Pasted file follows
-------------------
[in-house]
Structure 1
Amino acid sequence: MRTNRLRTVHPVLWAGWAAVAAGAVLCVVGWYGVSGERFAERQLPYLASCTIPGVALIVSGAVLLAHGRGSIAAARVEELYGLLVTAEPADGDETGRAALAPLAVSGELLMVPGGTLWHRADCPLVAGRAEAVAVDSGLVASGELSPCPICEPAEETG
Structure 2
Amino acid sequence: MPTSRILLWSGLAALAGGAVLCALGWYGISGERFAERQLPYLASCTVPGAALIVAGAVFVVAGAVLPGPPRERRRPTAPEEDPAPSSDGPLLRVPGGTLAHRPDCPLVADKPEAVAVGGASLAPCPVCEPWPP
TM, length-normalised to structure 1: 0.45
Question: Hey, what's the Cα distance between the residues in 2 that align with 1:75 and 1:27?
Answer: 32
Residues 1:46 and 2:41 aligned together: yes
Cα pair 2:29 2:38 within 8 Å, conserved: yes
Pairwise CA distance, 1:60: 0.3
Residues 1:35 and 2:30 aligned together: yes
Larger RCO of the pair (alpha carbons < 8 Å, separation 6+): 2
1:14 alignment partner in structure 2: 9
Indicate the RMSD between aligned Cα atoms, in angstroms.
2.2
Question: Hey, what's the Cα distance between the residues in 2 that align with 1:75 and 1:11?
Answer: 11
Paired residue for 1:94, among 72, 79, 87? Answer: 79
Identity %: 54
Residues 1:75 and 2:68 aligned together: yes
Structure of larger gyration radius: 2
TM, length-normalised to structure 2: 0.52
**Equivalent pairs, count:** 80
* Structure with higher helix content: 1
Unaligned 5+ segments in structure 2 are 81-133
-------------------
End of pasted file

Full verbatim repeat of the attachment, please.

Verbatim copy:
[in-house]
Structure 1
Amino acid sequence: MRTNRLRTVHPVLWAGWAAVAAGAVLCVVGWYGVSGERFAERQLPYLASCTIPGVALIVSGAVLLAHGRGSIAAARVEELYGLLVTAEPADGDETGRAALAPLAVSGELLMVPGGTLWHRADCPLVAGRAEAVAVDSGLVASGELSPCPICEPAEETG
Structure 2
Amino acid sequence: MPTSRILLWSGLAALAGGAVLCALGWYGISGERFAERQLPYLASCTVPGAALIVAGAVFVVAGAVLPGPPRERRRPTAPEEDPAPSSDGPLLRVPGGTLAHRPDCPLVADKPEAVAVGGASLAPCPVCEPWPP
TM, length-normalised to structure 1: 0.45
Question: Hey, what's the Cα distance between the residues in 2 that align with 1:75 and 1:27?
Answer: 32
Residues 1:46 and 2:41 aligned together: yes
Cα pair 2:29 2:38 within 8 Å, conserved: yes
Pairwise CA distance, 1:60: 0.3
Residues 1:35 and 2:30 aligned together: yes
Larger RCO of the pair (alpha carbons < 8 Å, separation 6+): 2
1:14 alignment partner in structure 2: 9
Indicate the RMSD between aligned Cα atoms, in angstroms.
2.2
Question: Hey, what's the Cα distance between the residues in 2 that align with 1:75 and 1:11?
Answer: 11
Paired residue for 1:94, among 72, 79, 87? Answer: 79
Identity %: 54
Residues 1:75 and 2:68 aligned together: yes
Structure of larger gyration radius: 2
TM, length-normalised to structure 2: 0.52
**Equivalent pairs, count:** 80
* Structure with higher helix content: 1
Unaligned 5+ segments in structure 2 are 81-133